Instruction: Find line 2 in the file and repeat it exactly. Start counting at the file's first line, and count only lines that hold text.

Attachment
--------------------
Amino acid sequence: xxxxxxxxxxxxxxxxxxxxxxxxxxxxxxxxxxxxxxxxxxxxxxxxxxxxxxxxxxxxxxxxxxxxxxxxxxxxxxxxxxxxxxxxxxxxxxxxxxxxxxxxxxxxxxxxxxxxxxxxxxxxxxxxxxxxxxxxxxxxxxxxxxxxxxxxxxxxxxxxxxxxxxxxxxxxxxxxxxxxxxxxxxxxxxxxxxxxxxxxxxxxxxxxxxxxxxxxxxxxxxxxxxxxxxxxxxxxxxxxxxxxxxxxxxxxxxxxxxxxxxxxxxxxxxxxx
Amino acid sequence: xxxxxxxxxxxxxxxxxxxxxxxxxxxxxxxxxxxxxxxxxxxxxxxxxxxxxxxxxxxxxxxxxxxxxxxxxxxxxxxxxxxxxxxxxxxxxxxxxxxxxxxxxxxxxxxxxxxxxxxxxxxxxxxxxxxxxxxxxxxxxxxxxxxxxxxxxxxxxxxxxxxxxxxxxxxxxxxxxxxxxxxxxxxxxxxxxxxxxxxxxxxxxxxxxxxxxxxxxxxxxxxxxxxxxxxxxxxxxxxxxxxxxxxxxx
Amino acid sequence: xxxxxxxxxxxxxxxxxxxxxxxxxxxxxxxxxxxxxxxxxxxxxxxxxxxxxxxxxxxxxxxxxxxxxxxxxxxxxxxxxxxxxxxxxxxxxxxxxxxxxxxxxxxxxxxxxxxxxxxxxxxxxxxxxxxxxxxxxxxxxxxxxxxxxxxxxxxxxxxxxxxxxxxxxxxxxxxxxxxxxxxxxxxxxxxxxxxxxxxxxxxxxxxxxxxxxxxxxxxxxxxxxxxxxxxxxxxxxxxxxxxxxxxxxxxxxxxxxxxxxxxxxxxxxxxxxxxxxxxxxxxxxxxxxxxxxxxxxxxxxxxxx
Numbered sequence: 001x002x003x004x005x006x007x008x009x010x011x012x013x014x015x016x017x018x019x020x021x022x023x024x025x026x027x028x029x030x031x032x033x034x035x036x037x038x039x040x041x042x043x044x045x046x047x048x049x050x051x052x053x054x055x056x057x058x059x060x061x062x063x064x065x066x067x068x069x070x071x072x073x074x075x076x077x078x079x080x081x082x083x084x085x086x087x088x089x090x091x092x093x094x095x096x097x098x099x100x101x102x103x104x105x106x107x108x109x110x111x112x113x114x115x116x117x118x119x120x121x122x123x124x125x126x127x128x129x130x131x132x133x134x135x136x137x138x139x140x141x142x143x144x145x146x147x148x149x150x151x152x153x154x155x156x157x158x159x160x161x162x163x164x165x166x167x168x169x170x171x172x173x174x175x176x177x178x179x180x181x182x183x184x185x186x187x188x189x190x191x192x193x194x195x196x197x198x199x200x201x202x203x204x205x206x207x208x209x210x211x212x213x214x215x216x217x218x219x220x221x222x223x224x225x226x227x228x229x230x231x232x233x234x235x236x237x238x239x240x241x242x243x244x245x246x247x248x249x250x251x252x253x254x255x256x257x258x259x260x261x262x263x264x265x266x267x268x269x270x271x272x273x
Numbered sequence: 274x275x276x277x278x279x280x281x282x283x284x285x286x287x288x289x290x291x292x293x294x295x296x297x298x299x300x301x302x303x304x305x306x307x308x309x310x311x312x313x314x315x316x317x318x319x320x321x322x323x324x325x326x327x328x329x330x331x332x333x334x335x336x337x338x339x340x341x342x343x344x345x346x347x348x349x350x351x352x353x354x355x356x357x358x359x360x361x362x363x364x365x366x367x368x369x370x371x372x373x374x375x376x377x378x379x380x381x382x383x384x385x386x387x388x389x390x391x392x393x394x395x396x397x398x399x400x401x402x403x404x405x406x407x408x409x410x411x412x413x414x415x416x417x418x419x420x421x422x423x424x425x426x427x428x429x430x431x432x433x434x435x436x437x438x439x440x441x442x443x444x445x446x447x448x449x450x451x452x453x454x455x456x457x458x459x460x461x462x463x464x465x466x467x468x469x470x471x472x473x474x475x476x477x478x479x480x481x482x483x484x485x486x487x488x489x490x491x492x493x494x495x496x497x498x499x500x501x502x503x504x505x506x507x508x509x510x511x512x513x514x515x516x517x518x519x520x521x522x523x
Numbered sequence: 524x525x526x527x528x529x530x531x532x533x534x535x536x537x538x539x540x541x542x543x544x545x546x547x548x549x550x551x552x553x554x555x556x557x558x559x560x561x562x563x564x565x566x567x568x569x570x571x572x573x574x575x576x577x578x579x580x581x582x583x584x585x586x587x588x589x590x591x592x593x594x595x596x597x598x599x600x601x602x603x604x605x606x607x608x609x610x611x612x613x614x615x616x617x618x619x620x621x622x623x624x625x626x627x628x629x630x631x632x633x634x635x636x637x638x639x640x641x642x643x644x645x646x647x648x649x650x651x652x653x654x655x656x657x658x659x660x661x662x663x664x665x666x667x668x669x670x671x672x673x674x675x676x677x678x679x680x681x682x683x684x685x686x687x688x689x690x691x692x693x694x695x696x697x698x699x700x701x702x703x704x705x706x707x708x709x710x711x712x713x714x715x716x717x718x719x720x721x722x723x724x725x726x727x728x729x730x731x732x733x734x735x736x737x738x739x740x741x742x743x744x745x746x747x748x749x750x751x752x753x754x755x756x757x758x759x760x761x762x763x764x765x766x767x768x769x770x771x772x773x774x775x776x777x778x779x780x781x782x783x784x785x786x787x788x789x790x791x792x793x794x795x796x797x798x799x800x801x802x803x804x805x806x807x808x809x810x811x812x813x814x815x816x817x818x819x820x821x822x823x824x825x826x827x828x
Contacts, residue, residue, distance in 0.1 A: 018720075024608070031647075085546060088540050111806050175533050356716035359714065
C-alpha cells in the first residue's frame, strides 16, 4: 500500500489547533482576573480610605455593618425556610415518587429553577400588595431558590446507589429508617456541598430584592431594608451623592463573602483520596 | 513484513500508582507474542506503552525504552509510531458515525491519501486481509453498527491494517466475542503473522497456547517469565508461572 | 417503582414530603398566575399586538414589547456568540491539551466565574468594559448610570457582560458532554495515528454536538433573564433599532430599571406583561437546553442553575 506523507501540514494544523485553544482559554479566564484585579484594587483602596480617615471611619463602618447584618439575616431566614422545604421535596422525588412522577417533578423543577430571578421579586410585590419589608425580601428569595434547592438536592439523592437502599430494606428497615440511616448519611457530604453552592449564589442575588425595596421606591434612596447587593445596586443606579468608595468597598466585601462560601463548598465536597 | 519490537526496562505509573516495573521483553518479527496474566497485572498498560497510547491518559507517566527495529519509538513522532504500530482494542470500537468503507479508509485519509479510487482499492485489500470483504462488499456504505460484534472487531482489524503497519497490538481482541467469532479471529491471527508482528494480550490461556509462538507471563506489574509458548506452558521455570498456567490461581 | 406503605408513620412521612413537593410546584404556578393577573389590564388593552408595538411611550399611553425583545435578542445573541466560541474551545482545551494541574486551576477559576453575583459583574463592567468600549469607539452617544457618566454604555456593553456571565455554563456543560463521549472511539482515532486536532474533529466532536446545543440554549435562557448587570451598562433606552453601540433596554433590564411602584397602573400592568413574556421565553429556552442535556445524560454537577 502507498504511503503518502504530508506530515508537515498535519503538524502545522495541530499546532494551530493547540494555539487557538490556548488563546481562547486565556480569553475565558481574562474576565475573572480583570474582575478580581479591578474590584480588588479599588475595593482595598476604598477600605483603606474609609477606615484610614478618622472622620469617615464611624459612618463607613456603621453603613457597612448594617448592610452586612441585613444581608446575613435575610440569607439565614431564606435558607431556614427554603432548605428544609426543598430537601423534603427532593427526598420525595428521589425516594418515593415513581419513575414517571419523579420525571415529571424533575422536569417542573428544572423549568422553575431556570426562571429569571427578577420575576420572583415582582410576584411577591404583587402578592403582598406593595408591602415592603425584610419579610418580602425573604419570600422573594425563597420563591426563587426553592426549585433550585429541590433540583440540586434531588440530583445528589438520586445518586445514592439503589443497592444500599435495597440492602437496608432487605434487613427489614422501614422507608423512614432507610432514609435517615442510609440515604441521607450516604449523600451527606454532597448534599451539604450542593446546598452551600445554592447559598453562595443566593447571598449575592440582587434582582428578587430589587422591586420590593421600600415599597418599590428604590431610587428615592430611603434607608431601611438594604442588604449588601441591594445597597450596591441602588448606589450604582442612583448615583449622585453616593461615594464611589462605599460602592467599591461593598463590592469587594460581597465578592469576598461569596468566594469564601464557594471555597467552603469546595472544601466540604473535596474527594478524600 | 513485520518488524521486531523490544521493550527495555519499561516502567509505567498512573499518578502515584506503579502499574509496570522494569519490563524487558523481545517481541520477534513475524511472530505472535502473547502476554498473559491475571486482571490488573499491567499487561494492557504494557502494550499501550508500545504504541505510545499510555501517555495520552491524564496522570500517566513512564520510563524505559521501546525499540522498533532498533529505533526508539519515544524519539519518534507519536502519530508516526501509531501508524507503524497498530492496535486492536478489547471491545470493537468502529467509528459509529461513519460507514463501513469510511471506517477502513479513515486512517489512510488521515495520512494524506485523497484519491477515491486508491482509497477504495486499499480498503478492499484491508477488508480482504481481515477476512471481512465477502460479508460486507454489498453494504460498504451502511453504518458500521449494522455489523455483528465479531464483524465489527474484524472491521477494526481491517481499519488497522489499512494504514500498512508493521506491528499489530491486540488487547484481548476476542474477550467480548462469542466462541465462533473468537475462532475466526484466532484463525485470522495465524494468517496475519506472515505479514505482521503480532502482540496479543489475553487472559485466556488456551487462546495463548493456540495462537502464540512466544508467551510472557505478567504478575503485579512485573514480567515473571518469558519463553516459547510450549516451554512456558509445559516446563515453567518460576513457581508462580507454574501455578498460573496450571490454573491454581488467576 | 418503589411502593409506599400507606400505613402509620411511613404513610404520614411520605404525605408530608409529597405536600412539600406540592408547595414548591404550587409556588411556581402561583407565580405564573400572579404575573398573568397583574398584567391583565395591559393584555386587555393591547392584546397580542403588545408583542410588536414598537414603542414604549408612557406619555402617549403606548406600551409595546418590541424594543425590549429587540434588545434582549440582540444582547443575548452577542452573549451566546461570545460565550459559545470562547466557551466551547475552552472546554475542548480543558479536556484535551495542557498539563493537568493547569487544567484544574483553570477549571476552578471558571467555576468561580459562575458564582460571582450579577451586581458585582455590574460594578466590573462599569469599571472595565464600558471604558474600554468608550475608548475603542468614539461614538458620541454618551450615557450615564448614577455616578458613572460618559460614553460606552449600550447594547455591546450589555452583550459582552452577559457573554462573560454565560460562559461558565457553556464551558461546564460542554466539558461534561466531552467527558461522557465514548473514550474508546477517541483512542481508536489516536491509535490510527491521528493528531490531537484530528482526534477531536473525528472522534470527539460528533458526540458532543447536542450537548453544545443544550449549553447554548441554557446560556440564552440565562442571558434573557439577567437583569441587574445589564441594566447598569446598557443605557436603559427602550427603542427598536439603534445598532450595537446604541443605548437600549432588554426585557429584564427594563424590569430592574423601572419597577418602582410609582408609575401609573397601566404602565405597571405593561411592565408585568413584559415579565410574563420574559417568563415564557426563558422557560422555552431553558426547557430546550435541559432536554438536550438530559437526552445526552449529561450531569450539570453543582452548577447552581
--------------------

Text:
Amino acid sequence: xxxxxxxxxxxxxxxxxxxxxxxxxxxxxxxxxxxxxxxxxxxxxxxxxxxxxxxxxxxxxxxxxxxxxxxxxxxxxxxxxxxxxxxxxxxxxxxxxxxxxxxxxxxxxxxxxxxxxxxxxxxxxxxxxxxxxxxxxxxxxxxxxxxxxxxxxxxxxxxxxxxxxxxxxxxxxxxxxxxxxxxxxxxxxxxxxxxxxxxxxxxxxxxxxxxxxxxxxxxxxxxxxxxxxxxxxxxxxxxxxxxxxxxxxx